3. Think of being alone as an experience to get to know yourself. As time needed to go within and self-reflect. To seek professional support to learn more about your journey and why things happened the way they did. See being alone as an opportunity to learn, heal, and grow. Use the fear to inspire you to want to be better. You maybe surprised what you learn.

4. See therapy as a tool to support you on your path. To understand that we all have wounds and that it’s not about blame but rather seeking to get to know those wounds and triggers to make us someone who finds their happiness from within and knows their worth.

5. Use your memories to remind you that those happy feelings are possible. Let them inspire you to move yourself to that space again, with or without a partner. Memories can be a beautiful thing and whilst sometimes reminiscing can be hard, it can also be the catalyst to move us forward, to heal ourselves. To motivate us to grow.

6. What if instead of distracting ourselves and denying our truth and how we feel, we find the courage to actually be honest? It can be terrifying to face something we know could change our whole life, but there is something so grounding and calming with finally seeing and speaking our truth. Once you find your authentic core, you will not ever want to go back to pretending.

We really do have this unhealthy obsession with partnering, no matter the health of that partnership. The unhealthy pride of counting the years of our union, rewarding ourselves and others as the time goes by, regardless of what is happening behind those closed doors. Celebrating the binding of two people, despite them being bound for all the wrong reasons. We have this unhealthy idea we can “fix” others, which we can’t. That it’s our duty to stay because it’s expected of us. That wedding vows should override abuse, neglect, and growing apart in relationships. Don’t get me wrong, wedding vows should be taken seriously and people should work on their relationship, but not at the cost of their physical health, mental health, or spiritual health. Love is organic and whilst we consciously choose to love, there is so much more underneath that, and we should never be bound to that.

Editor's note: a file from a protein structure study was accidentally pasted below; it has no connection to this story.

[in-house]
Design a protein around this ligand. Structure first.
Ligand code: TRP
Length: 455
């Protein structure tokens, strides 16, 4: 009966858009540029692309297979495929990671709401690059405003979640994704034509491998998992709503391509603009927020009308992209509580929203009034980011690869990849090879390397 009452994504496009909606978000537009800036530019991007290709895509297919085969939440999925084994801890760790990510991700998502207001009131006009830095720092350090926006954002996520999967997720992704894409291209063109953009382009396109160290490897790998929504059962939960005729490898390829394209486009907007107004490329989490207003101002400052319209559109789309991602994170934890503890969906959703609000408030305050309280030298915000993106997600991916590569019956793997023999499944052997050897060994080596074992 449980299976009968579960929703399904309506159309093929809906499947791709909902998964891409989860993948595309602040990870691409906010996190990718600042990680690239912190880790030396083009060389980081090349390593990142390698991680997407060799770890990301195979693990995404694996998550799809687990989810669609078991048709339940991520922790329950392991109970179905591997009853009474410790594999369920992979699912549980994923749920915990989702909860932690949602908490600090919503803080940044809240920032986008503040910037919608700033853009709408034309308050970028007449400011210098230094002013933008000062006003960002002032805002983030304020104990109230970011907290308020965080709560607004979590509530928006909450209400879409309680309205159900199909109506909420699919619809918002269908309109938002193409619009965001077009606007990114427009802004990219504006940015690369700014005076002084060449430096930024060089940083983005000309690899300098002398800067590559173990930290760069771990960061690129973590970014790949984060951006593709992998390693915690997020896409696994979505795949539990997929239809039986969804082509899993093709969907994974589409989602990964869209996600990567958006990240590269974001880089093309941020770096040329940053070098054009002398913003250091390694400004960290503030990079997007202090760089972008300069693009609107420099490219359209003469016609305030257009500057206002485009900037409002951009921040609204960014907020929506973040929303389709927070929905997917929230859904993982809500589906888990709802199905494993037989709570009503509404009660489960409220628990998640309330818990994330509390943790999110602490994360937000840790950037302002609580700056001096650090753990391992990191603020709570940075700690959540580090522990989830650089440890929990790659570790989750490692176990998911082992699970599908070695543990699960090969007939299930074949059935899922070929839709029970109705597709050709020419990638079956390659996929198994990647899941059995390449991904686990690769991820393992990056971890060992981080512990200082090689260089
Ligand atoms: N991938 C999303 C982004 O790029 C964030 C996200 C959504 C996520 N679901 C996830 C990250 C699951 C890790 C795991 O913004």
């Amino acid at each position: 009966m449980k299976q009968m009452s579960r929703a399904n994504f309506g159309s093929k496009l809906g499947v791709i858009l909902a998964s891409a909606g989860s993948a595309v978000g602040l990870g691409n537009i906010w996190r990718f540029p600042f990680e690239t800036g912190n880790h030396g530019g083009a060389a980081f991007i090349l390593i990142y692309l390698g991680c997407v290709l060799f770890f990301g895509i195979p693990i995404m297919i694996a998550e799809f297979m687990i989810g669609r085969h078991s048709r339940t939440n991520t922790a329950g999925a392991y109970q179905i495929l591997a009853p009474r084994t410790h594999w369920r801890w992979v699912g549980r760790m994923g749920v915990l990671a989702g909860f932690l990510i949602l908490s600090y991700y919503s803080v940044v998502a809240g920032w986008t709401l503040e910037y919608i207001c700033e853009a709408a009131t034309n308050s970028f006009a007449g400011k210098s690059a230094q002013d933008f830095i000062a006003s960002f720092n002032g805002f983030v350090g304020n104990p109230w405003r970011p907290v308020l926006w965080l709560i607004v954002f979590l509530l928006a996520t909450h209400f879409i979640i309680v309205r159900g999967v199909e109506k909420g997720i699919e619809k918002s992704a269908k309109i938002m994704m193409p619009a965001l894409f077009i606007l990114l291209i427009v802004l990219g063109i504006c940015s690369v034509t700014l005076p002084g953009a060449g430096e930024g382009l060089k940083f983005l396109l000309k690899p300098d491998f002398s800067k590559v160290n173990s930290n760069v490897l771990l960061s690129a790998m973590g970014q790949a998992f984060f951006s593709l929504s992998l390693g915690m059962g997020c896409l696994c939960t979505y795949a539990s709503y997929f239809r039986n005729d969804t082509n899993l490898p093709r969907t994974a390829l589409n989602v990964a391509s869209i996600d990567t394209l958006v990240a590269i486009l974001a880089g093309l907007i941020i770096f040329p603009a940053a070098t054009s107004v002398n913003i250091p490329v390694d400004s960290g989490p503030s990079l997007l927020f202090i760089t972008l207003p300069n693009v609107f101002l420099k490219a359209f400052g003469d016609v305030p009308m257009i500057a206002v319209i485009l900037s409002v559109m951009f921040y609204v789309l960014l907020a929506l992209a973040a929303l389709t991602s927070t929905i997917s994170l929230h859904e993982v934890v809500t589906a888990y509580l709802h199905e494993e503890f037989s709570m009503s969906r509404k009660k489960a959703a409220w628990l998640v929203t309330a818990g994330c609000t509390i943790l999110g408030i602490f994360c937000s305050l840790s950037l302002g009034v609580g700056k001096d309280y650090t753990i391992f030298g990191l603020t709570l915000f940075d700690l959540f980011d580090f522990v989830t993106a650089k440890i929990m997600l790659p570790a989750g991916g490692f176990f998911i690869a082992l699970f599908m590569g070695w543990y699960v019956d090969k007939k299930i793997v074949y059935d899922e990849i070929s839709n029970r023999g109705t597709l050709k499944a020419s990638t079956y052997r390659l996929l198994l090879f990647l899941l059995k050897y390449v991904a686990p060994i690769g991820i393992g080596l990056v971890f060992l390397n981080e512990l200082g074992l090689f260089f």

Let’s celebrate love in all its forms, but let’s not celebrate the longevity but rather the quality. The authenticity. Let’s remind people that we are in fact not bound to another human being; the only thing that binds us is us ourselves. Let’s teach our children that they are whole and another person should compliment their life and that they should always seek the truth. Let’s teach them that being with someone is always a choice.

So yes, Joan Armatrading was onto something all those years ago. Her words ring so true because they are the beliefs we were raised with “this love has me bound.” In reality, love in its purest form should never have us bound to another. It should simply be.

If we must be bound to something, let’s be bound to self-belief and living our truth. Let’s be bound to knowing our worth. Let’s be bound to loving ourselves, in our entirety, the whole, the wounded, and the parts of us that are healing.

That will be the greatest love story ever told.